May 17, 2014

Fukuoka Targets Illegally Parked Bicycles

Japan, a country where 85% of the 127 million population own a bicycle, has a national shortage of bicycle parking resulting in the growing problem of illegal bicycle parking.

Under the current system city workers tag illegally parked bicycles giving the owners notice that their bikes will be impounded if not relocated to a legal parking location within a specified time period. Once the period of notice expired workers return and remove only the bicycles that have been tagged.

This system effectively clears the area of bicycles that can reasonably be assumed to have been abandoned by their owners, but does nothing to curb illegal parking as officials can only remove tagged bicycles and most bicycle owners simply remove the tags and continue to park in the same spot illegally.

Illegally parked bicycles being removed.
Officials in Fukuoka announced last week that they've changed the rules to allow illegally parked bicycles to be removed immediately, without warning, from streets around Akasaka subway station.

According to a study conducted last October officials claim 1,241 bicycles are perked around the station daily of which 658 are parked illegally, in some cases blocking sidewalks and obstructing braille pathways used by the visually impaired. The station bicycle parking facility has space for 1,060 where cyclists can park for just ¥100 per time but 40% of the spaces go unused.

On the surface given ample parking spaces, and plans to increase those by another 290 in June, officials see justified in what some would consider hard stance against bicycle parking but this is about more than numbers, its about people.

Area within which illegally parked bicycles
can be removed without notice.
People in Japan rely upon the bicycle as one of their major forms of daily transport, any move that makes cycling inconvenient makes life inconvenient for millions around the country.

Large centralised parking facilities are inconvenient. Given the nature of the average Japanese neighbourhood shoppers tend to cycle from shop to shop, parking outside for a few minutes each time as they go about their business. Forcing people to park in a central location greatly restricts their mobility, restricts the number of shops they can conveniently visit to those in the immediate area, and turns what would normally be a short trip to the shops into an inconvenient and time consuming journey.

Spare a thought for the elderly in Japan's rapidly ageing society for many of whom the bicycle is their main form of transport and their only link to the community, without which they'd be unable to go about their daily lives.

Parking is expensive. Sure ¥100 isn't a lot if you're parking your bicycle at the station for the day while you work but if you're just popping out for a ¥100 loaf of bread, add parking and the cost of your trip has doubled! Make two or three trips in a day and you're substantially out of pocket.

What Japanese neighbourhoods need isn't expensive centralised parking, but many, small free parking lots and racks scattered around the neighbourhood allowing them to cycle from shop to shop as they currently do. If officials continue to insist cyclists use centralised facilities, I can see business that provide free bicycle parking gaining many, many more customers.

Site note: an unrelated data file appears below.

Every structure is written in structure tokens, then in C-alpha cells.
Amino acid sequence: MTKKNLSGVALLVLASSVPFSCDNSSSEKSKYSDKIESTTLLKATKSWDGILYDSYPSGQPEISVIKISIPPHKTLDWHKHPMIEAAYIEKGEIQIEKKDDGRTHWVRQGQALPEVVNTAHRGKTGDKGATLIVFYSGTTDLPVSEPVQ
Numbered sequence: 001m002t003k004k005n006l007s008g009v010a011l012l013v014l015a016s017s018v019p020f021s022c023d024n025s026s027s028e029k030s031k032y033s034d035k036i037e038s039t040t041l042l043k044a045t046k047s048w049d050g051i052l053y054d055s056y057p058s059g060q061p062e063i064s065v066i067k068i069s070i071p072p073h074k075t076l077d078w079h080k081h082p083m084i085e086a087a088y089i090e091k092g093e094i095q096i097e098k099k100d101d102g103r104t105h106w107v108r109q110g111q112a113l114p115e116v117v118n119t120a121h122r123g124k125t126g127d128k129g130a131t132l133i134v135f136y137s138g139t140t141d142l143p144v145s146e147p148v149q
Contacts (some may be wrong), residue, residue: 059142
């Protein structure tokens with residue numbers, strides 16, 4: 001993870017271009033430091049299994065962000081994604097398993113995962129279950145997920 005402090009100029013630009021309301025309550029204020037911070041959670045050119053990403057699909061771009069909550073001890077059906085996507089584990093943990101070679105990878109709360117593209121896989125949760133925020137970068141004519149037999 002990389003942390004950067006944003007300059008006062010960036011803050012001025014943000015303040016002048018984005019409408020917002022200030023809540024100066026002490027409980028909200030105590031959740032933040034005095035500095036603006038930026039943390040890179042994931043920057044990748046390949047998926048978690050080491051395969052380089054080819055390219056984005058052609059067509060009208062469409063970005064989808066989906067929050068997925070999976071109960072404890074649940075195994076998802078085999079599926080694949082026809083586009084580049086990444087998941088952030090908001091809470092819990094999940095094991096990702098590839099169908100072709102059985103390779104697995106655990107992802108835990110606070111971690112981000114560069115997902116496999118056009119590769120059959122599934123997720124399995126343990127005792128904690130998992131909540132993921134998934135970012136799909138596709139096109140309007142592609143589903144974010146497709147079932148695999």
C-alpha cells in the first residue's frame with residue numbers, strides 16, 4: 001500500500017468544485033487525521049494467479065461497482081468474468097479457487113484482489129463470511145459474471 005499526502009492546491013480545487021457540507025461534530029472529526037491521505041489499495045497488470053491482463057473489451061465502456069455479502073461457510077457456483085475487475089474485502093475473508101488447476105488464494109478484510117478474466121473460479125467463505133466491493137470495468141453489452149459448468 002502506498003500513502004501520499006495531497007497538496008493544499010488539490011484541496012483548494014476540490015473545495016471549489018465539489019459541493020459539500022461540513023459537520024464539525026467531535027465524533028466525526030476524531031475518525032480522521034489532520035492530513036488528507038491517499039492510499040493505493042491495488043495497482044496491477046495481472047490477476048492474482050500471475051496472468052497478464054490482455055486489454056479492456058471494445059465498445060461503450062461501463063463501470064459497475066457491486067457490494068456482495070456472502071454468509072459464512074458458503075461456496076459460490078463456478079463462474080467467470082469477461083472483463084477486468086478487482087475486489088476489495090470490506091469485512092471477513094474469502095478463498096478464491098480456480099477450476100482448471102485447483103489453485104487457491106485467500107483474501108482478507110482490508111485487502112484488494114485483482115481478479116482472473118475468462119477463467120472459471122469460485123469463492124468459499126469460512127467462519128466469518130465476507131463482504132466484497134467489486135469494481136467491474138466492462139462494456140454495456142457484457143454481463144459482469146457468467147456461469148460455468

As we see all too often city officials are too out of touch with society to provide the facilities that society needs. As far as officials are concerned there is a large underutilised parking facility with ample space to hold all the illegally parked bicycles so cyclists should park there under the threat of having their illegally parked bicycles removed. The numbers stack up, end of story.

But society isn't made up of numbers, its made up of people and I'm amazed that the people who make these decisions are so out of touch with the needs of society.

3 comments:

  1. "If officials continue to insist cyclists use centralised facilities, I can see business that provide free bicycle parking gaining many, many more customers."

    If those shops are near a station, their parking would quickly fill w/ people cycling in from a few kilometers away to take the train (bike-to-rail folks). Hence, their real customers will have no place to park their bike or they take on the additional burden of removing bikes illegally parking in their shop's rack. Bike-to-rail commuters should be using the centralized parking. My guess (and it's only a guess) is that Fukuoka is targeting people who are parking for long periods of time in the same place but don't want to use the centralized parking facility due to the 100 yen charge.

    Also, if you're just riding to a shop to briefly buy something, there's no problem parking for a few minutes nearby; legal or not. Even the "one hour" rule will not get you into trouble because you'll be long gone and off to the next shop.

    Further away from a station, I think this plan may very well work.



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    Replies
    1. The way to address the commuter-cyclists cluttering up all the free parking better used for shoppers is to simply have a two-hour grace period. Send one team out to put time-stamped tags on bikes, and another to follow two hours behind to take away all of the tagged bikes. Do a cycle morning and afternoon.

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    2. In order to accommodate shoppers but stop all day freeloader parking a two hour limit is more suitable than immediate removal. Immediate removal reduces the convenience of shopping by bicycle to zero and that has a big impact on peoples lifestyles.

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